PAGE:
Despite the huge financial suffering caused by Stanford Financial to 30,000 investors, as well as the flight of risk, the court set bond at a small $500,000 and gave prosecutors until Friday to appeal the decision. How likely is it that anyone with a secret $100 million bank account and facing a life sentence would be concerned about forfeiting a half million bond by fleeing the US to escape justice?  This is no doubt a question that defrauded investors are asking.

Is This Man Smiling?

Is This Man Smiling?

Courtesy: Reuters

Other remarkable aspects of the Stanford Financial fraud are:

  • How long will it take for investors to be suspicious of firms offering guaranteed rates of return far in excess of what is available elsewhere?  No Ponzi scheme would work without the suspension of prudent judgment by investors blinded by ridiculous claims.  Has no one ever heard of “the higher the return the higher the risk”?
  • This is another case that should have caught the attention of the SEC long before Stanford could defraud thousands of people.  Just as with the Madoff fraud, Stanford blatantly and publicly advertised untenable returns, a classic sign of a Ponzi scheme.  The SEC blithely ignored or was oblivious to the obvious warning signs.
  • It took 4 months to arrest Mr Stanford and he is now on bail, free to enjoy his life.  At this rate of justice, Mr Stanford may get to spend the rest of his life immune from punishment and living a lavish life style courtesy of his secret bank accounts.   Defrauded investors, dolefully seeking for perspective on this matter may consider the remarks of William Gladstone who stated that “justice delayed is justice denied”.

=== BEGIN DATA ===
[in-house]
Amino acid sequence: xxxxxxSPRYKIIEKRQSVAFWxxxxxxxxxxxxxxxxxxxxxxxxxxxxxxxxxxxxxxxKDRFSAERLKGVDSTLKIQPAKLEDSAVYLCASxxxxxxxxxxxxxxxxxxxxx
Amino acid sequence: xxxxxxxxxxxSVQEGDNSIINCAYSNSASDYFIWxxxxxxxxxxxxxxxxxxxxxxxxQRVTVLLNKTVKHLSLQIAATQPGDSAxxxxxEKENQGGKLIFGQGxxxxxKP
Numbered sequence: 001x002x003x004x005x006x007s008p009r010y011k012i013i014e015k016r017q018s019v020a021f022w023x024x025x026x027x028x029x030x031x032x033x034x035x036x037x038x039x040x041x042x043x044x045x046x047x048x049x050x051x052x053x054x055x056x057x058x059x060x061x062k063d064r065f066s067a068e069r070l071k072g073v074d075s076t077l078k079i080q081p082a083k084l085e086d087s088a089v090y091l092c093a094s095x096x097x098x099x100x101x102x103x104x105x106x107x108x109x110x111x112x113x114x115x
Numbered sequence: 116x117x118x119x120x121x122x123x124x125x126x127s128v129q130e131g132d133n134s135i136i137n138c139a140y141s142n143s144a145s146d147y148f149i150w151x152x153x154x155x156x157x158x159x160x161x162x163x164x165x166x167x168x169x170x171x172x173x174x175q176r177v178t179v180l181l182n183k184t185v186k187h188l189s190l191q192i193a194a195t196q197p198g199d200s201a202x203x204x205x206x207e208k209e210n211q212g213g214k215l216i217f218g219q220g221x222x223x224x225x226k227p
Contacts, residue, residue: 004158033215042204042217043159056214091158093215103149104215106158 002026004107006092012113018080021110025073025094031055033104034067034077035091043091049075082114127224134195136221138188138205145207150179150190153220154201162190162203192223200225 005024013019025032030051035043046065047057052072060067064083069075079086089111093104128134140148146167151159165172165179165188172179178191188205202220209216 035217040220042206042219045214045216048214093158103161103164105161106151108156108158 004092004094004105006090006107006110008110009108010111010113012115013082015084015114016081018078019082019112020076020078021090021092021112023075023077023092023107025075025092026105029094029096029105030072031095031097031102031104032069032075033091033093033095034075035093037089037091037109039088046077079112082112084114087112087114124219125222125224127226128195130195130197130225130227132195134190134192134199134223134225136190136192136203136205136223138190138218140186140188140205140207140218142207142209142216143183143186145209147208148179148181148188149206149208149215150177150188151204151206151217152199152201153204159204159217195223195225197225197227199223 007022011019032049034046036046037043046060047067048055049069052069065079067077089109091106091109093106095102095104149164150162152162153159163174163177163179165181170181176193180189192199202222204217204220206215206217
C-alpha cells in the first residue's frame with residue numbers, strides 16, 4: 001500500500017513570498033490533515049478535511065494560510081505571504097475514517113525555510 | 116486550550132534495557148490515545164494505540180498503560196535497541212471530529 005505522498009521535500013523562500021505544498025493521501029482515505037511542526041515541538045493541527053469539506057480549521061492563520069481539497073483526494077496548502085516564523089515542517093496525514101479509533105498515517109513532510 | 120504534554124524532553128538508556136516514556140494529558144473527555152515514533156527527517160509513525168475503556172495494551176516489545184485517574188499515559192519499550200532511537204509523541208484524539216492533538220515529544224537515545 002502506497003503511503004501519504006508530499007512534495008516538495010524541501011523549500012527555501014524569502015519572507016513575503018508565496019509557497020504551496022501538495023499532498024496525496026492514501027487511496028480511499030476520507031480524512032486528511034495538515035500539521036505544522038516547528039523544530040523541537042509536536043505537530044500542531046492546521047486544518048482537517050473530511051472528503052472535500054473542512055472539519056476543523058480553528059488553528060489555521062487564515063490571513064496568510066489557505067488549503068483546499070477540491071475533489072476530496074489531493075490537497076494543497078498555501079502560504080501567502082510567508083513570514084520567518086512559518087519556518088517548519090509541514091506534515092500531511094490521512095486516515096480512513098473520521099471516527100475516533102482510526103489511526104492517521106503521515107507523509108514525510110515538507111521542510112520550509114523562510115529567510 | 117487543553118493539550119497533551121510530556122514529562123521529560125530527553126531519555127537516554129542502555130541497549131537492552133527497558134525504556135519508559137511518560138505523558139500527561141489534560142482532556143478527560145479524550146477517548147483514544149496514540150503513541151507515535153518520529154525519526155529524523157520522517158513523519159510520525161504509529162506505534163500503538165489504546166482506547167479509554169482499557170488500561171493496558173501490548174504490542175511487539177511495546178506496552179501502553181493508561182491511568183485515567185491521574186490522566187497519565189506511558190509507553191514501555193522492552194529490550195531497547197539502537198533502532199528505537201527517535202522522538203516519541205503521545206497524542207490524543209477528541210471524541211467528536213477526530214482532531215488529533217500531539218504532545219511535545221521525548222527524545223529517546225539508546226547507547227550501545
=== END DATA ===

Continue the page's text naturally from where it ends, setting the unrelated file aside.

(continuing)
FHA’s New Mortgage Program – Free Home Plus Trip To Vegas

100% Plus Financing Available

The American Recovery and Reinvestment Act of 2009, passed early this year, provides up to an $8,000 tax credit for first time home buyers.   The tax credit refund would be given to the home buyer after filing the 2008 or 2009 tax return.

It was only a matter of time before someone would realize that this tax credit was not helping the prospective FHA home buyers who had difficulty raising the required down payment of 3.5% for an FHA purchase.  The solution seemed obvious – let the home buyer receive the tax credit money upfront to be used for the down payment.

Last week, use of the tax credit for a down payment was officially endorsed by Shaun Donovan, secretary of the U.S. Department of Housing and Urban Development (HUD).  Mr. Donovan stated that “We all want to enable FHA consumers to access the home buyer tax credit funds when they close on their home loans so that the cash can be used as a down payment”.   Mr. Donovan noted that this is one of the ways that the government is working to “stabilize” the housing market.

Mr. Donovan’s plan may actually do more than just stabilize housing – it may set off a buying stampede, multiple offers and bidding wars at the lower end of the housing market.  Consider the following example  of a home purchase using FHA guidelines and the $8,000 home buyer tax credit.

Loan Scenario

On the purchase of a home priced at $80,000 the buyer needs the FHA required down payment of 3.5% ($2,800).  In addition to the down payment, the home buyer needs money for closing costs and prepaid items, which could easily amount to 6% of the property’s purchase price ($4,800).  The FHA also charges an upfront mortgage insurance premium of 1.75%  ($1,400).  The total amount theoretically needed by the purchaser totals $9,000.

In the real world here’s how this deal will be structured:

  • Down payment of $2,800 covered by tax credit – cost to purchaser – ZERO
  • Closing costs and prepaid items of $4,800 can and usually are worked into the purchase price since the FHA allows up to a 6% seller concession – cost to purchaser – ZERO
  • Mortgage Insurance Premium of $1,400 is added to the purchaser’s loan amount and financed by the FHA – cost to purchaser – ZERO
  • Total cash out of pocket by purchaser – ZERO
  • Cash due to purchaser for unused portion of tax credit – $5,200 – enough to easily cover a couple of weeks vacation in Vegas.